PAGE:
We’ve asked Jeff Everage and his team at Trident Proposals to tell Capture2 what makes a winning proposal. It turns out the answer was complicated, so we’ve decided to break it down into a six-part blog series on Writing Winning Proposals. Kicking this off is an overall summary of what Everage calls “The Three Proposal Commandments.” Every post hereafter will expound these commandments.
Commandement #1: Be Compliant, Not Complacent.
Compliant means that your proposal follows all the instructions in the customer’s Request for Proposal (RFP). Sounds simple, doesn’t it? Like many things in life, simple does not mean easy. The consequences of a noncompliant proposal range from getting a poor grade, to the customer throwing out the entire proposal. In a game where you get only one shot, compliance is a must. Here is a better definition of compliant: the proposal contains a complete answer to every single question, leaving no part out.
“After a decade of coaching teams, I’ve seen even the most seasoned proposal experts exasperated by compliance. Nothing frustrates a team more than to be told they didn’t answer the question.” Jeff Everage, President and Founder of Trident Proposals
What’s the solution? Have your team check for compliance throughout every phase of the proposal. Here are three common roadblocks to compliance.
1. Tired Eyes
If your team does compliance checks throughout the process, it’s pretty hard to miss an entire question or requirement in a response (but still not impossible). What’s more common are those tiny issues that sneak past the team’s “tired eyes.” That’s why you want to have someone not involved with the development of the proposal, who is trained and skilled in oversight, take a fine-tooth comb to read through the entire response in great detail before you submit.
“At Trident, our east coast-based clients request our ‘Overnight Compliance and Tech Edit’ service from our experts on the west coast and Japan the night before an internal review of the written proposal. In this way, their teams don’t lose a day of writing, the reviewers get a much better artifact to review, and their proposal managers know ahead of time what compliance issues need to be dealt with before the review.” Jeff Everage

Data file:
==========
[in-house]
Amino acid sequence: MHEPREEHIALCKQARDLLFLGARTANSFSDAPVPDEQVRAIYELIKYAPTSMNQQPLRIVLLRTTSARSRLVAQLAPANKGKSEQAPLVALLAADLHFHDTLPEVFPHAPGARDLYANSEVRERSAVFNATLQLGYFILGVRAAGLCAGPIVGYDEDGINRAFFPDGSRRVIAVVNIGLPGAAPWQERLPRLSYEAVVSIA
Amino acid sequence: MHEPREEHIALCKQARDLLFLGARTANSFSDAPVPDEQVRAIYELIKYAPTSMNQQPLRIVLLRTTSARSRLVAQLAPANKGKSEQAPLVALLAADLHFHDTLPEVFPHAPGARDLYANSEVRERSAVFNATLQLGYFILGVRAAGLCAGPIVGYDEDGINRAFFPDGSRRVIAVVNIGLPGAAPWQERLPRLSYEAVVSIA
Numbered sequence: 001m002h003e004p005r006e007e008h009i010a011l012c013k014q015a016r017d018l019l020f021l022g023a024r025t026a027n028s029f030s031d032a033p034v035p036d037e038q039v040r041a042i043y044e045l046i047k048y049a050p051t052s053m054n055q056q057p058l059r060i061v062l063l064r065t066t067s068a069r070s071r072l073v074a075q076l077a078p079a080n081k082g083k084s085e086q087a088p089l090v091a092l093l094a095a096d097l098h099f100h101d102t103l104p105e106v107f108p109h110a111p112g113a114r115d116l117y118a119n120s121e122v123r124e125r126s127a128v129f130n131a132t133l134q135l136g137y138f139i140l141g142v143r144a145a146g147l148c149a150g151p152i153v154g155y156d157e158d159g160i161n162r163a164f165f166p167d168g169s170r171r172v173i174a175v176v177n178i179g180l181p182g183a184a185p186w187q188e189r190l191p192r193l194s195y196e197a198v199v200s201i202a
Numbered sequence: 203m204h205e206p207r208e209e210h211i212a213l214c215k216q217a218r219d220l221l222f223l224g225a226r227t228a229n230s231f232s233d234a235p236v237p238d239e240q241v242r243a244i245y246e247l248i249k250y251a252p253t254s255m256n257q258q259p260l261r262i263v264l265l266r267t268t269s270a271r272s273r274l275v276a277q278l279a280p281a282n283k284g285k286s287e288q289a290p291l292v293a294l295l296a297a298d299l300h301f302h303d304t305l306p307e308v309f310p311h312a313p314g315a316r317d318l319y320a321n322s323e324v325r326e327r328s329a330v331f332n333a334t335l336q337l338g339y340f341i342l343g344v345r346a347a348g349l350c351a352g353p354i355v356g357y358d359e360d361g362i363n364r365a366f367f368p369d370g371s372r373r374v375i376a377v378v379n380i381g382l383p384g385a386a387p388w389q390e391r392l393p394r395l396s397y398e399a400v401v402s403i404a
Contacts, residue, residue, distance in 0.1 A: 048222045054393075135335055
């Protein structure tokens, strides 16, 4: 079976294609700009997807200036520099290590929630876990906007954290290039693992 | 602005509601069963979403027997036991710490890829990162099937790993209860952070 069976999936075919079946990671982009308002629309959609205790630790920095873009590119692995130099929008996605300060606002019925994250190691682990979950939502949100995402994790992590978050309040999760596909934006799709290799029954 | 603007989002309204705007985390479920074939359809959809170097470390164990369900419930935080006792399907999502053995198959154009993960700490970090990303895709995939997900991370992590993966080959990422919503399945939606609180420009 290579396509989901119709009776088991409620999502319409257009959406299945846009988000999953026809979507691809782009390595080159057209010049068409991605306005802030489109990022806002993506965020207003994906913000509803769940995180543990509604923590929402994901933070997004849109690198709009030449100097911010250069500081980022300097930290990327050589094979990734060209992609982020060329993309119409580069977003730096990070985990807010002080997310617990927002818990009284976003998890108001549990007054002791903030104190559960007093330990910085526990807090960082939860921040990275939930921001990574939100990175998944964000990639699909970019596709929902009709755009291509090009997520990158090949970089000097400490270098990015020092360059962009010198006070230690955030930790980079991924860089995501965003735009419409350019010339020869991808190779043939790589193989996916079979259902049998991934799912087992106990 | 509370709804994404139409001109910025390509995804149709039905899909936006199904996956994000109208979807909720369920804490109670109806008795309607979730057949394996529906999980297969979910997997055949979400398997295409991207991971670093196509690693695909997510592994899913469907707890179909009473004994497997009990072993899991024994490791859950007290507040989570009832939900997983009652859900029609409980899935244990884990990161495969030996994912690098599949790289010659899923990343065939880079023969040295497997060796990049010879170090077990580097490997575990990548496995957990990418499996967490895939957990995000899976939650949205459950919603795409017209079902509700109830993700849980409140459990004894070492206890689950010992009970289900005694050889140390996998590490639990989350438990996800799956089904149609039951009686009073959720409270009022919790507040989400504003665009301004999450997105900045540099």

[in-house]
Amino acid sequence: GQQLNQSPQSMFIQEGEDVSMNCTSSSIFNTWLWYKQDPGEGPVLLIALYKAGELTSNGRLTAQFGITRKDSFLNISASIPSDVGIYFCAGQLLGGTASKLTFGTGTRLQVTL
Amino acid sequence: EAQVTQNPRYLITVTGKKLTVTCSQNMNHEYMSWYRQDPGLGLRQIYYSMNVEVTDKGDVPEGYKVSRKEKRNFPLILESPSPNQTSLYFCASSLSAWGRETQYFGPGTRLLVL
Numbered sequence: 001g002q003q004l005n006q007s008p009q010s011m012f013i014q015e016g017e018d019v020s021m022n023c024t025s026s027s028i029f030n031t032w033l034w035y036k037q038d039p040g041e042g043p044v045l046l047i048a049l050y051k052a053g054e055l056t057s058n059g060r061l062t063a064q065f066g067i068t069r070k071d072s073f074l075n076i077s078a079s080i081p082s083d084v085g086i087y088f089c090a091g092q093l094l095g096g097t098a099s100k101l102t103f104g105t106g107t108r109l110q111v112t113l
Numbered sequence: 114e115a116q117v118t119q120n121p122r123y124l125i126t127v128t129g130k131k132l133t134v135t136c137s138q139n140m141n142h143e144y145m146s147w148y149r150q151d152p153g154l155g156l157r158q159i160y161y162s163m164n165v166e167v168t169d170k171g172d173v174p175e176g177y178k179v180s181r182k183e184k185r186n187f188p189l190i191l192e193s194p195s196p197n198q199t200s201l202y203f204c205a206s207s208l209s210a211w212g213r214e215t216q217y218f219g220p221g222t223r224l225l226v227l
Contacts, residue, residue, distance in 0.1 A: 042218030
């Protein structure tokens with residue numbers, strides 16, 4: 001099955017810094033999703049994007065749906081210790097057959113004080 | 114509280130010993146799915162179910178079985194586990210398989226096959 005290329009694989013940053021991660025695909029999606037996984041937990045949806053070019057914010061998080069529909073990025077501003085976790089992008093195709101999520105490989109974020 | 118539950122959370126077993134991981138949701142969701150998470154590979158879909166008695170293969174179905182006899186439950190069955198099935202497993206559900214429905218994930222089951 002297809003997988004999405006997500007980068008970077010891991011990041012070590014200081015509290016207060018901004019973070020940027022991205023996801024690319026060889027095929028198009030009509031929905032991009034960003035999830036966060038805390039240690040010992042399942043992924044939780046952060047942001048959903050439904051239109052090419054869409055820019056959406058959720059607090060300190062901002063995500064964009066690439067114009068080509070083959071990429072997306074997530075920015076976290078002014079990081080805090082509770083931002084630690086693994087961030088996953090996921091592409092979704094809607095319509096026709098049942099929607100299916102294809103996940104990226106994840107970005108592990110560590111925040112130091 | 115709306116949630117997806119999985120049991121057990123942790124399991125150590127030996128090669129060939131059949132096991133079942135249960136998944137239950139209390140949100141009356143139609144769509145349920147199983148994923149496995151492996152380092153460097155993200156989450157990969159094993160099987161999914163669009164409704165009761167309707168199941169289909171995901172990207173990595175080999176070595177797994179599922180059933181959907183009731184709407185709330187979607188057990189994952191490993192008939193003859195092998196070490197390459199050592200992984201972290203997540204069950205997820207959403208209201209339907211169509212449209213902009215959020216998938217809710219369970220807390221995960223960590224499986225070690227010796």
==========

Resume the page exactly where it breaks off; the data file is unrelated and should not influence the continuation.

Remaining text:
2. Clogged Ears
When the PM or anyone on your team misinterprets a question or even the entire scenario, it wreaks havoc on your proposal. Part of your response won’t make any sense in the context of the rest of the requirements.
Have a rigorous core team discussion during the development phase where dissenting opinions are welcomed and considered. In short, listen to each other. This will prevent your team from misinterpreting requirements down the line.
3. Muddled Minds
Often the incumbent team uses insider knowledge to get the upper hand when creating a winning presentation. (We’ve told you that knowing the customer and the work gives you a big advantage in being able to demonstrate capability.) But sometimes that knowledge can also lead to non-compliance if the incumbent decides to present or write from their “insider’s perspective” rather than simply answering the government’s questions. In this unique scenario, using insider information would be to the detriment of your success. Stick to exactly what’s in the RFP.